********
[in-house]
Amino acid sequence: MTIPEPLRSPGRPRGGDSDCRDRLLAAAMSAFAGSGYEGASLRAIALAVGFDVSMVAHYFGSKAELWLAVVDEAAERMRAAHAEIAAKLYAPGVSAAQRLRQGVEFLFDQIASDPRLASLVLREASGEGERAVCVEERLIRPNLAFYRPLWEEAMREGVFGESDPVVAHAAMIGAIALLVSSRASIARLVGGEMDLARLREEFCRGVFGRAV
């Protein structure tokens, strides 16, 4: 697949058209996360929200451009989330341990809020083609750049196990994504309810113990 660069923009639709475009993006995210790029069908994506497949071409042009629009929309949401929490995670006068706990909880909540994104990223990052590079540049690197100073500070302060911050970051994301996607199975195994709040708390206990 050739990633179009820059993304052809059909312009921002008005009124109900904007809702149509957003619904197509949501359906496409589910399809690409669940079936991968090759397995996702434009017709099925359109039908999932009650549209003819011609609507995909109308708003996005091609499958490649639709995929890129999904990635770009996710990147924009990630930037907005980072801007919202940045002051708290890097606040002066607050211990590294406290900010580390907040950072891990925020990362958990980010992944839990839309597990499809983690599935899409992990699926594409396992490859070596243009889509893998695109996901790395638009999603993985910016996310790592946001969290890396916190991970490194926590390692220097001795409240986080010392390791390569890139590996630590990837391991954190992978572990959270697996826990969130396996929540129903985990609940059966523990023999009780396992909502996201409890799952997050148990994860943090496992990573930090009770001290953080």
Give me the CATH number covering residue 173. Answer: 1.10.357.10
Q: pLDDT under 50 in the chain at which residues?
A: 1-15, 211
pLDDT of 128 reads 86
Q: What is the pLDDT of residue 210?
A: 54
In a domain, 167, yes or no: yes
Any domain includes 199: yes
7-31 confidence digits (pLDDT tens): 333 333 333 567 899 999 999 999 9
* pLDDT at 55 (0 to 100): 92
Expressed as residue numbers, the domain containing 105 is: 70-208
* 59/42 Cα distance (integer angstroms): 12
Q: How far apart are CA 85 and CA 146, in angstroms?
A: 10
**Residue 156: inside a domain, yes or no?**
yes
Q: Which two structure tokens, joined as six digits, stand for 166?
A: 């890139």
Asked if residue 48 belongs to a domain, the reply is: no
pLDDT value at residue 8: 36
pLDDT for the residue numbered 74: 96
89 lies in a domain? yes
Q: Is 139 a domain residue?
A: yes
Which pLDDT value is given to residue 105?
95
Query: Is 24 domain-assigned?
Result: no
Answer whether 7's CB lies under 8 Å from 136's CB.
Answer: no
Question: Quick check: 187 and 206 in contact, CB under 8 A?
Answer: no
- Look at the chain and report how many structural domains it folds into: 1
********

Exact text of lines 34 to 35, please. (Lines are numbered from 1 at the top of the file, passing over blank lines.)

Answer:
Question: Quick check: 187 and 206 in contact, CB under 8 A?
Answer: no